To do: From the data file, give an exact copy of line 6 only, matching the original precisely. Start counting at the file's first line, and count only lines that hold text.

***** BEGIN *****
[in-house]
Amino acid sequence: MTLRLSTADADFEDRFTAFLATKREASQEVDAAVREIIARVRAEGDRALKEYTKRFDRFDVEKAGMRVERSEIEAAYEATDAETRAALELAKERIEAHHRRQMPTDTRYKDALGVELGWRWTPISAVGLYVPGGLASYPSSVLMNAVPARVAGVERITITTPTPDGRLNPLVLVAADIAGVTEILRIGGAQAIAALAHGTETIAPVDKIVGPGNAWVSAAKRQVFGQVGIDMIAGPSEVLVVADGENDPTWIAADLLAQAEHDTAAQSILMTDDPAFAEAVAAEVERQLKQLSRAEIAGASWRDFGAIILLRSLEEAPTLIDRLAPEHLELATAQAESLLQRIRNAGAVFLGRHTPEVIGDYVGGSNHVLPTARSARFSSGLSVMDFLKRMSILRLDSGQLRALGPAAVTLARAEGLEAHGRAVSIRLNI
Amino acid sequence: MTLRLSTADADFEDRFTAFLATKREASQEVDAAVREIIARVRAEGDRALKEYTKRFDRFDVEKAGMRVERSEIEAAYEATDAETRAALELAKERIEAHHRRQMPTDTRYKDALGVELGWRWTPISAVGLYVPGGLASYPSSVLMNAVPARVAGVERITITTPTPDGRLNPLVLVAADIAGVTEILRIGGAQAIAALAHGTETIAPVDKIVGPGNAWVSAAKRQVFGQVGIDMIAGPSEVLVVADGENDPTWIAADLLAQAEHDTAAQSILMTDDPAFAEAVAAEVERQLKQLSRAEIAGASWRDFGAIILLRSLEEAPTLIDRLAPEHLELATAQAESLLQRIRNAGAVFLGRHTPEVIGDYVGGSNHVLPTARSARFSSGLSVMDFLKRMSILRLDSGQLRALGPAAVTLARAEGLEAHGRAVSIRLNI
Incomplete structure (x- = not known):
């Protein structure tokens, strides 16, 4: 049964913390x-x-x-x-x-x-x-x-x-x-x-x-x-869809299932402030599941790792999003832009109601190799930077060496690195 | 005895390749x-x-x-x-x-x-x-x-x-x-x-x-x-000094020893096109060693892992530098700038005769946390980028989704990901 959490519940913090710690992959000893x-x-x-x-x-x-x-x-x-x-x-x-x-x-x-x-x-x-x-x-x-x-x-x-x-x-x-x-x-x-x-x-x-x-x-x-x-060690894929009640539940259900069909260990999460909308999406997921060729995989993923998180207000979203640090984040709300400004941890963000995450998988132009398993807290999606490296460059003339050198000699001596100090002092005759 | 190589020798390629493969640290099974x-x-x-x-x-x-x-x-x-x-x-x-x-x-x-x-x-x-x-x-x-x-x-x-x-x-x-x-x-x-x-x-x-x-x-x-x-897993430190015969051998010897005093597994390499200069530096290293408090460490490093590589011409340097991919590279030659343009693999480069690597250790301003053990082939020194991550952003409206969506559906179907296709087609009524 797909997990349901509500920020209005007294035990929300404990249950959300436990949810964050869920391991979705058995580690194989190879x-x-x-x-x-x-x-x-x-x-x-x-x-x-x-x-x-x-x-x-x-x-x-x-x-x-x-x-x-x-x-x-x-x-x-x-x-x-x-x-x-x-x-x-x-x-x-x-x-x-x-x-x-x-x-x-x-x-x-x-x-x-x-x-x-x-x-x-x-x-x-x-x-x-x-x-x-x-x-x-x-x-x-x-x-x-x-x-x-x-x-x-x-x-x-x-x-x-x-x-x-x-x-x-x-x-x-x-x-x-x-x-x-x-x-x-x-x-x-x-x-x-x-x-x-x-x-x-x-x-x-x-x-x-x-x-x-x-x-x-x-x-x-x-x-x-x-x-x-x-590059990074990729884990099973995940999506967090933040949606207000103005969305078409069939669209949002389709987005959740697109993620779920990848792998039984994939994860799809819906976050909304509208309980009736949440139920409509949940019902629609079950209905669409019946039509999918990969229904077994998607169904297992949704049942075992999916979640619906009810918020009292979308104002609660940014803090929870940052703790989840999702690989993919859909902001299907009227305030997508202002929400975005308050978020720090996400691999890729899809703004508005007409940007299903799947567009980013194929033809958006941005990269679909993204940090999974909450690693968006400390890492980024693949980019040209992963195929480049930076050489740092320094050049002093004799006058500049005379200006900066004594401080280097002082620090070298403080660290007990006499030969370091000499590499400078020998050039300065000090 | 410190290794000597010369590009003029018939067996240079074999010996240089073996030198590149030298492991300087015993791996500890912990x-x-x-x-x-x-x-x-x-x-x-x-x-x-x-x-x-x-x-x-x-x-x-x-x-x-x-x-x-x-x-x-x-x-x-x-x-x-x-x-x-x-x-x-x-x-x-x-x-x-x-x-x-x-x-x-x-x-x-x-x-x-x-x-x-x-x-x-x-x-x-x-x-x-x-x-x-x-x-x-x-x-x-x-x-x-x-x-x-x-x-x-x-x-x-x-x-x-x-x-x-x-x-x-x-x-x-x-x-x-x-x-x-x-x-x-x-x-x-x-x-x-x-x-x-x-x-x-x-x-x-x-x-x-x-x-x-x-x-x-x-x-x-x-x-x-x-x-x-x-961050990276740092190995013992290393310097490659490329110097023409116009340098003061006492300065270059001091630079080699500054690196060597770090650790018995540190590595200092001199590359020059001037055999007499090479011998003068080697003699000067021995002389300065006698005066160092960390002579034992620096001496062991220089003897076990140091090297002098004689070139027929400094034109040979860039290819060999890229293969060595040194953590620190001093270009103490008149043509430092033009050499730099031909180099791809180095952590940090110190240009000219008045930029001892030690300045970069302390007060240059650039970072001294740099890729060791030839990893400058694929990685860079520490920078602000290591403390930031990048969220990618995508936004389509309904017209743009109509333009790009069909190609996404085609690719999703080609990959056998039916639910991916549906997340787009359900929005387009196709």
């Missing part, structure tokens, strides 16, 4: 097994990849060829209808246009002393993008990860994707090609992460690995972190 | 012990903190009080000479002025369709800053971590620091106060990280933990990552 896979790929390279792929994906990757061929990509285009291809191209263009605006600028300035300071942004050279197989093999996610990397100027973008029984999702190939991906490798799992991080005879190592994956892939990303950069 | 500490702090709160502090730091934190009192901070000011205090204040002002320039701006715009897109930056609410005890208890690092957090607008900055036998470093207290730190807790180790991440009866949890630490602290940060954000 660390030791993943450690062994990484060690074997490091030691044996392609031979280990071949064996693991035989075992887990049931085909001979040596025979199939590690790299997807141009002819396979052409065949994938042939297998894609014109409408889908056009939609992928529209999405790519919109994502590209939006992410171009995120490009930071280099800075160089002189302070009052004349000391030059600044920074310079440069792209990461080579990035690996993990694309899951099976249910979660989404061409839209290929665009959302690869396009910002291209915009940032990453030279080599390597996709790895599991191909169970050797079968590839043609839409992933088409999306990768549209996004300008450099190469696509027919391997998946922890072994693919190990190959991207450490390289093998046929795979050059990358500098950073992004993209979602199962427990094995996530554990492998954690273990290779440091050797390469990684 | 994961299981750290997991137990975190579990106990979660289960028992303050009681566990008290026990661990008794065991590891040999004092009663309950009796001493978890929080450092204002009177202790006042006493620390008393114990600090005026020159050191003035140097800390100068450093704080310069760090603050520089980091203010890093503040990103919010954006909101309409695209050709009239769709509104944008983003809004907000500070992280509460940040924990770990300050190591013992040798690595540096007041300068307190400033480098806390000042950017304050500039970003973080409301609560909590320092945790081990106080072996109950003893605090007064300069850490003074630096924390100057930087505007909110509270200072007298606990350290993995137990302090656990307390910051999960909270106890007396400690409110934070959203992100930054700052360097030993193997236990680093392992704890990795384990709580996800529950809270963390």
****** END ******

């Missing part, structure tokens, strides 16, 4: 097994990849060829209808246009002393993008990860994707090609992460690995972190 | 012990903190009080000479002025369709800053971590620091106060990280933990990552 896979790929390279792929994906990757061929990509285009291809191209263009605006600028300035300071942004050279197989093999996610990397100027973008029984999702190939991906490798799992991080005879190592994956892939990303950069 | 500490702090709160502090730091934190009192901070000011205090204040002002320039701006715009897109930056609410005890208890690092957090607008900055036998470093207290730190807790180790991440009866949890630490602290940060954000 660390030791993943450690062994990484060690074997490091030691044996392609031979280990071949064996693991035989075992887990049931085909001979040596025979199939590690790299997807141009002819396979052409065949994938042939297998894609014109409408889908056009939609992928529209999405790519919109994502590209939006992410171009995120490009930071280099800075160089002189302070009052004349000391030059600044920074310079440069792209990461080579990035690996993990694309899951099976249910979660989404061409839209290929665009959302690869396009910002291209915009940032990453030279080599390597996709790895599991191909169970050797079968590839043609839409992933088409999306990768549209996004300008450099190469696509027919391997998946922890072994693919190990190959991207450490390289093998046929795979050059990358500098950073992004993209979602199962427990094995996530554990492998954690273990290779440091050797390469990684 | 994961299981750290997991137990975190579990106990979660289960028992303050009681566990008290026990661990008794065991590891040999004092009663309950009796001493978890929080450092204002009177202790006042006493620390008393114990600090005026020159050191003035140097800390100068450093704080310069760090603050520089980091203010890093503040990103919010954006909101309409695209050709009239769709509104944008983003809004907000500070992280509460940040924990770990300050190591013992040798690595540096007041300068307190400033480098806390000042950017304050500039970003973080409301609560909590320092945790081990106080072996109950003893605090007064300069850490003074630096924390100057930087505007909110509270200072007298606990350290993995137990302090656990307390910051999960909270106890007396400690409110934070959203992100930054700052360097030993193997236990680093392992704890990795384990709580996800529950809270963390």